After several long consecutive days of negotiations, the Writers Guild of America and the labor group representing studios and streamers have reached a tentative deal on a new contract in a major development that could precipitate the end of a historic, 146-day writers’ strike. The Writers Guild of America emailed strike captains the news on Sunday night.
The parties came to terms on a provisional three-year agreement, which will need to be ratified by WGA members to take effect, on Sunday after studios responded to last-minute union asks that day. Specifics of the deal affecting around 11,500 WGA members weren’t available as of press time, though they will undoubtedly emerge in the next few days as the union seeks to sell its members on the pact.
During the final weekend of negotiations, lawyers huddled before the studios presented their alleged “best and final” offer on Saturday night. Later that same night, the AMPTP and the WGA issued a joint statement that they would be meeting again on Sunday. And indeed, despite the supposed finality of the studios’ previous proposal, the union returned to their bargaining counterparts on Sunday afternoon with some additional asks before the sides ultimately wrapped up the negotiations.
The mood among writers on Friday’s packed picket lines was one of cautious optimism, as union members anticipated that the end of the historic work stoppage might be night. “The fact that they’ve been talking for three days straight is terrific,” showrunner Marc Guggenheim (Legends of Tomorrow) told The Hollywood Reporter at Disney. Studio-side sources familiar with the progress in the room also projected positivity over the past several days as management made moves on issues including A.I., TV staffing and residual compensation tied to streaming show performance. That buoyant mood dipped on Thursday night, when studio sources claimed the WGA came back late in the night with new asks on items that management believed to be already closed; but returned on Friday as the sides nailed down compromises.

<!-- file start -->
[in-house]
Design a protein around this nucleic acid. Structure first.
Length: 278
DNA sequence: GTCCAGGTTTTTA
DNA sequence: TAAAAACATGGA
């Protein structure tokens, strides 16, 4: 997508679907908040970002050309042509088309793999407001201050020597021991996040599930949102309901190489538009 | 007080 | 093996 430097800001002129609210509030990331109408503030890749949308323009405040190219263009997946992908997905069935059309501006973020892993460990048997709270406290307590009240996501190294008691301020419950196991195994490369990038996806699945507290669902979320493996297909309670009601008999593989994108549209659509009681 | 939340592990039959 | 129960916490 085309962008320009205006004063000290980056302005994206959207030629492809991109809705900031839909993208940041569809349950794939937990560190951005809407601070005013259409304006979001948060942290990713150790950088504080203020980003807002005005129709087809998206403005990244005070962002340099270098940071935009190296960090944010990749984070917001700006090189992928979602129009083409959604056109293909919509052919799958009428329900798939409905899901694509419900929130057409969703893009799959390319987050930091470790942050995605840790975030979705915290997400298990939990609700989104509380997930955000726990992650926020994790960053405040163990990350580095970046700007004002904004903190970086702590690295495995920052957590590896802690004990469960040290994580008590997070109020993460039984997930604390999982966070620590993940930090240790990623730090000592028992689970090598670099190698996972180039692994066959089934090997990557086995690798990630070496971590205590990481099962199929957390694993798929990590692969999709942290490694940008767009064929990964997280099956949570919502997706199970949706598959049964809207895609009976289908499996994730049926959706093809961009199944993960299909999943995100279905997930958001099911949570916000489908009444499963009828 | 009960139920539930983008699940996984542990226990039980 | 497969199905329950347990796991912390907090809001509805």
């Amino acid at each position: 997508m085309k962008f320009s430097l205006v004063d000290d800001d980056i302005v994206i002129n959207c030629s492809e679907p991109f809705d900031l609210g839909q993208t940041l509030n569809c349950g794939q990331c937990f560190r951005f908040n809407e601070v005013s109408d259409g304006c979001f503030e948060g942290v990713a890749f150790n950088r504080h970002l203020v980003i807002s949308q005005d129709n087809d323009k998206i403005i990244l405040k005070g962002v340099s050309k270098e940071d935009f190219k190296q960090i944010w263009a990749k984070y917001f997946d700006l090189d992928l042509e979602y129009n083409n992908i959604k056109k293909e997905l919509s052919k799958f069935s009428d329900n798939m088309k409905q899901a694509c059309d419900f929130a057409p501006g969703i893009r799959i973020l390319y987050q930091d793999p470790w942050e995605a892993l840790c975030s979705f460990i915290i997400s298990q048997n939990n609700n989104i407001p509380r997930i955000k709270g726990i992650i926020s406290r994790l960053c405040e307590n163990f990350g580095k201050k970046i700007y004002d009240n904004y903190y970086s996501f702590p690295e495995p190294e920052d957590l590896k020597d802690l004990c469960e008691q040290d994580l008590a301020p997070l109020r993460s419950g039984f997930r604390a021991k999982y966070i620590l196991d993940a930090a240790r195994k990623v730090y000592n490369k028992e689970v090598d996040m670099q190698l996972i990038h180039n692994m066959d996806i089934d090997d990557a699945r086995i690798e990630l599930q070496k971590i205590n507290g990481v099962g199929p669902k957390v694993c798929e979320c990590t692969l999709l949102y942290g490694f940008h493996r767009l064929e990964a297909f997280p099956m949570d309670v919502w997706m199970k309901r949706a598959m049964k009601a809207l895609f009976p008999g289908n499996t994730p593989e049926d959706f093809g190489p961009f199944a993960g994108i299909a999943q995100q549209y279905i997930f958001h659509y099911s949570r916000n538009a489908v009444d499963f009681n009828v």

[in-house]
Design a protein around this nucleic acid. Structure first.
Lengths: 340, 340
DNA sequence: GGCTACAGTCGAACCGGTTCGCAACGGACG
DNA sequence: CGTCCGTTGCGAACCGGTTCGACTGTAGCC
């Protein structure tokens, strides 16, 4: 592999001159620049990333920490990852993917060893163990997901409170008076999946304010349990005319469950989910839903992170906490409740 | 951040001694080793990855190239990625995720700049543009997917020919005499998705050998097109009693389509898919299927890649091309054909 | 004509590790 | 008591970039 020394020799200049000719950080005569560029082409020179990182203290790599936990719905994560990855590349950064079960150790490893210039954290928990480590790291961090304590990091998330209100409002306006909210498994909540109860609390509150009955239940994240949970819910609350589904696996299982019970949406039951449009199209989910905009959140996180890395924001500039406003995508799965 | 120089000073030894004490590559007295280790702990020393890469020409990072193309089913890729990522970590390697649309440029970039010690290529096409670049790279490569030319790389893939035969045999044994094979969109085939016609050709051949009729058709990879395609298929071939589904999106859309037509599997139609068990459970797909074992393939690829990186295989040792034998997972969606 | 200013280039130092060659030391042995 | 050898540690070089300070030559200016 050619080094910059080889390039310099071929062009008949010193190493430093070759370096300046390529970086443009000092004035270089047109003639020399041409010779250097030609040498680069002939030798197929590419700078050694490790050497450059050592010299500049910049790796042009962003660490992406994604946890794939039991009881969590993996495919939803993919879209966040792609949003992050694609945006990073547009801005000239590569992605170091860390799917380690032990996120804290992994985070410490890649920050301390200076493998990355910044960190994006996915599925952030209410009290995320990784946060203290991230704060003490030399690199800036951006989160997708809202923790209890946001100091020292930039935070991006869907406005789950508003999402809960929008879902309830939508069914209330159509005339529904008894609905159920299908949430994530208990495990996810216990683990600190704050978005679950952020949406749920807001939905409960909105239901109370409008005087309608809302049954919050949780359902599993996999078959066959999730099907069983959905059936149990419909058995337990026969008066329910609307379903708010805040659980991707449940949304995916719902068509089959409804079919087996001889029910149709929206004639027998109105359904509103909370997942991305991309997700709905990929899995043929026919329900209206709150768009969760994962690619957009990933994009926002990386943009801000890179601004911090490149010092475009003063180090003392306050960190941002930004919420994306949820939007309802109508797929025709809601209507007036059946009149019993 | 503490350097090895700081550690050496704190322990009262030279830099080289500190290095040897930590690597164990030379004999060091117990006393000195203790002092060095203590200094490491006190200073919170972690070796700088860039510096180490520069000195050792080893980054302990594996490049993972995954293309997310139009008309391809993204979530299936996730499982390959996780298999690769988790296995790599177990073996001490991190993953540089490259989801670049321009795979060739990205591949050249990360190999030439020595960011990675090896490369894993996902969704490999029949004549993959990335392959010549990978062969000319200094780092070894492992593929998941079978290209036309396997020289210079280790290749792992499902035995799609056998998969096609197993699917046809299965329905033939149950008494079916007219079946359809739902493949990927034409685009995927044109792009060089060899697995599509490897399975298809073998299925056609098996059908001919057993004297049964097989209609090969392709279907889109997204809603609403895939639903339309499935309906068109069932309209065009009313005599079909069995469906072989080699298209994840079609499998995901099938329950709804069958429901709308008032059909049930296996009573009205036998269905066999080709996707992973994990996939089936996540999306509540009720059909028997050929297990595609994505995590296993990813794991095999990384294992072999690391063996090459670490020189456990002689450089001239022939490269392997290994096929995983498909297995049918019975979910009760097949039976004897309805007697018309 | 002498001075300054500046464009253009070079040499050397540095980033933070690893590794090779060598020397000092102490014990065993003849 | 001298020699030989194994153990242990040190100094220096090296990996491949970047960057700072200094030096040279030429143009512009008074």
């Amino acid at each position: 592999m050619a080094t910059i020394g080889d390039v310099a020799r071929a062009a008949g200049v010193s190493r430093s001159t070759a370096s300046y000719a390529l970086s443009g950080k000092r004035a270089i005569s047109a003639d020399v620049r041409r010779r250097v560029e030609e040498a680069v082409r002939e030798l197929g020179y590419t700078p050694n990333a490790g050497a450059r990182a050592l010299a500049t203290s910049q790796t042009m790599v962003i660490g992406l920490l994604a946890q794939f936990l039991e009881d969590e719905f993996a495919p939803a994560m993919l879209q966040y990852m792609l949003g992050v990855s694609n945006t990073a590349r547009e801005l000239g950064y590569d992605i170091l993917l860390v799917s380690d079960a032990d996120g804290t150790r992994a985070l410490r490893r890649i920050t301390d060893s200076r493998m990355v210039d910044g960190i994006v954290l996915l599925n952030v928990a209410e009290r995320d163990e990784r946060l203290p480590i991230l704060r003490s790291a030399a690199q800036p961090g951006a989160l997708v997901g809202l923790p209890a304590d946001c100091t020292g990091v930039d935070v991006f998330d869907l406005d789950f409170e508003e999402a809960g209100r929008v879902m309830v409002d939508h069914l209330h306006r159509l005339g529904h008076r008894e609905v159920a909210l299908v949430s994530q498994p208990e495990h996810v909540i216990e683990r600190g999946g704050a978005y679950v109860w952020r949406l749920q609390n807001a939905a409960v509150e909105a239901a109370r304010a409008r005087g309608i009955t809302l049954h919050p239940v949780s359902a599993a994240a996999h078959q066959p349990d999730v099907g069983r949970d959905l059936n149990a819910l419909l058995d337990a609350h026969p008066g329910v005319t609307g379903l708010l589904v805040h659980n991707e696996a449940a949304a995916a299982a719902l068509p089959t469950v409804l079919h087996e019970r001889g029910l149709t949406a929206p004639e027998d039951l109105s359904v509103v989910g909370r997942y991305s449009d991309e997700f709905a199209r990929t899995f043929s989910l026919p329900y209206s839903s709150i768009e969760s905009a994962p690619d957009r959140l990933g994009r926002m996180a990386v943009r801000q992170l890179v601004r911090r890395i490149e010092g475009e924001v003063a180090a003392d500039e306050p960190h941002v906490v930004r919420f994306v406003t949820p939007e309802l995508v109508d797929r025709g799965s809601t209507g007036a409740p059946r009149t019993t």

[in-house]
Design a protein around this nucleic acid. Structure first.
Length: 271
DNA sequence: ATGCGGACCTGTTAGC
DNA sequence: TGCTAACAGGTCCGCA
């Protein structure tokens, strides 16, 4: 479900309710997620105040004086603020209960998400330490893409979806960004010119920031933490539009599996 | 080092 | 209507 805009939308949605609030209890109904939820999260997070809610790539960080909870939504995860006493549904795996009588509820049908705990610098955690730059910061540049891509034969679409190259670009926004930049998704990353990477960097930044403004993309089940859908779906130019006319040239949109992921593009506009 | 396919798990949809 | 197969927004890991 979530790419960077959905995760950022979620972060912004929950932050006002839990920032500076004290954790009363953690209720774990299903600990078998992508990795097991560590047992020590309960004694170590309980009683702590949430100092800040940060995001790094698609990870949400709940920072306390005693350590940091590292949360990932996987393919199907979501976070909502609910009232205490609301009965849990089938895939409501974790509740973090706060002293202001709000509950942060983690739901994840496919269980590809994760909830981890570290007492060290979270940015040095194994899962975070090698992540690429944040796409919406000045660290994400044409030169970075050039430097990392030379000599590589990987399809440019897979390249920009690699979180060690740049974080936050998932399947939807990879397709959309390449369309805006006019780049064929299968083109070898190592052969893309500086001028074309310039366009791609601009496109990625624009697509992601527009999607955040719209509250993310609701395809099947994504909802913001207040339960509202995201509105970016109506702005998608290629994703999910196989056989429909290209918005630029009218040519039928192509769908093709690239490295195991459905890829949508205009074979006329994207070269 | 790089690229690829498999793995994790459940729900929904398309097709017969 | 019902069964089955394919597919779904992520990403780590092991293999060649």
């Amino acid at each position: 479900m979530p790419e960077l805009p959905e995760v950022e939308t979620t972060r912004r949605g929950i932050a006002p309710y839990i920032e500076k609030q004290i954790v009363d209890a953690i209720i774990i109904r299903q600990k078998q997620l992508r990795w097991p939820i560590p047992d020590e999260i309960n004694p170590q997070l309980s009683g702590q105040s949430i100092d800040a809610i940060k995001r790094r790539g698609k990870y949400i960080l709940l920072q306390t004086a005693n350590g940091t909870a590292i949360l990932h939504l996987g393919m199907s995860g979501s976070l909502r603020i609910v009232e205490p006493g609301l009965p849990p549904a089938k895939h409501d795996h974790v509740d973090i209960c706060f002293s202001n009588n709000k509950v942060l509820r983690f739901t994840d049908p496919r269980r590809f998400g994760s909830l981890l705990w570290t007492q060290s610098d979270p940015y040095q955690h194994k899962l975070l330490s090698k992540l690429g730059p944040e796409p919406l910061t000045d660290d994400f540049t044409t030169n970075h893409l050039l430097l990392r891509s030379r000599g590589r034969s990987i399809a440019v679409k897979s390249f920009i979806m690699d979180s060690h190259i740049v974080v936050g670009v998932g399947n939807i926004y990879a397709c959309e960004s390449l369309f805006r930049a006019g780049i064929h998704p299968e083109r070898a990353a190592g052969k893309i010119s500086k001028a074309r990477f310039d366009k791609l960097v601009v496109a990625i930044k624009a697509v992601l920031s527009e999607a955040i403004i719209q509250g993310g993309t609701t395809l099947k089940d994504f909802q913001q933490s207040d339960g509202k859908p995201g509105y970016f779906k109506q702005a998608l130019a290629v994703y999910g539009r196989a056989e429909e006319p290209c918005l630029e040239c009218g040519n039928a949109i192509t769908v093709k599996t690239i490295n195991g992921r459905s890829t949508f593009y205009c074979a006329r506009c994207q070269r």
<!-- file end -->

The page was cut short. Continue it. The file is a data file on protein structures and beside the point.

The momentum in talks over the course of the past week was a welcome change in pace from the month-long standstill in negotiations that occurred after a meeting between WGA leaders and several CEOs plus AMPTP president Carol Lombardini in late August, which ended in mutual recrimination. The AMPTP released its Aug. 11 offer publicly, and the WGA slammed the meetup, saying its leaders were met with a “lecture about how good their single and only counteroffer was.” The pause in talks was lifted on Sept. 14, when the AMPTP announced that the WGA had reached out to resume negotiations and both sides were working on scheduling in the following week.
At day 146 of the ongoing WGA strike, the work stoppage was closing in on being the longest in the union’s history. The current record was set in 1988, when the WGA struck Hollywood companies for 154 days.
Though still tentative in nature, the agreement is a momentous development for an industry that has been hobbled by the double WGA and SAG-AFTRA strikes, the first time both have occurred at once in over 60 years. The WGA strike had an immediate impact: Filming in Los Angeles declined 29 percent between April and June 2023 compared with the same period last year as the writers’ work stoppage began May 2, local office FilmLA reported on April 19. A wide array of major projects were halted in their tracks and/or postponed, including Netflix’s Stranger Things, Apple TV+’s Loot, Marvel’s Blade 2 and Thunderbolts and others. When SAG-AFTRA joined the stoppage, a number of additional projects including Venom 3, Gladiator 2 and Deadpool 3 followed.
A tentative agreement does not eradicate the potential for the strike to continue, as WGA members could still reject the deal in an upcoming ratification vote. The stakes and expectations are high, given how long the work stoppage has gone on so far. However, in the coming days the WGA leadership will undoubtedly work hard to persuade their members of the deal’s merits.
Negotiations for the agreement began on March 20 and broke off the night of May 1, resulting in a strike the next day. The two parties reunited again on August 11, reached a standstill in late August but resumed on Sept. 20, and concluded their negotiations on Sept. 23. The writers had been advocating for great compensation in the streaming era, through higher wage floors, regulation of mini-rooms and residuals tied to the performance of their shows. Meanwhile, studios and streamers — who have been feeling pressure to cut costs after Wall Street turned on unprofitable streaming operations in 2022 and amid an uncertain economic climate — were seeking to rein in their spending on labor. It remains to be seen how both sides managed to reach a compromise that could satisfy their constituents.
The writers were led in their negotiations by WGA West assistant executive director Ellen Stutzman, who stepped up to the plate after the western branch of the union’s executive director David Young went on medical leave prior to the start of talks. Carol Lombardini, the AMPTP’s chief negotiator since 2009, led the talks for producers.
Now, it’s up to the WGA’s members to determine whether the deal satisfies the workplace issues that their peers have been raising for months. All eyes are on the union’s ratification vote for the deal, whose date has not yet been announced.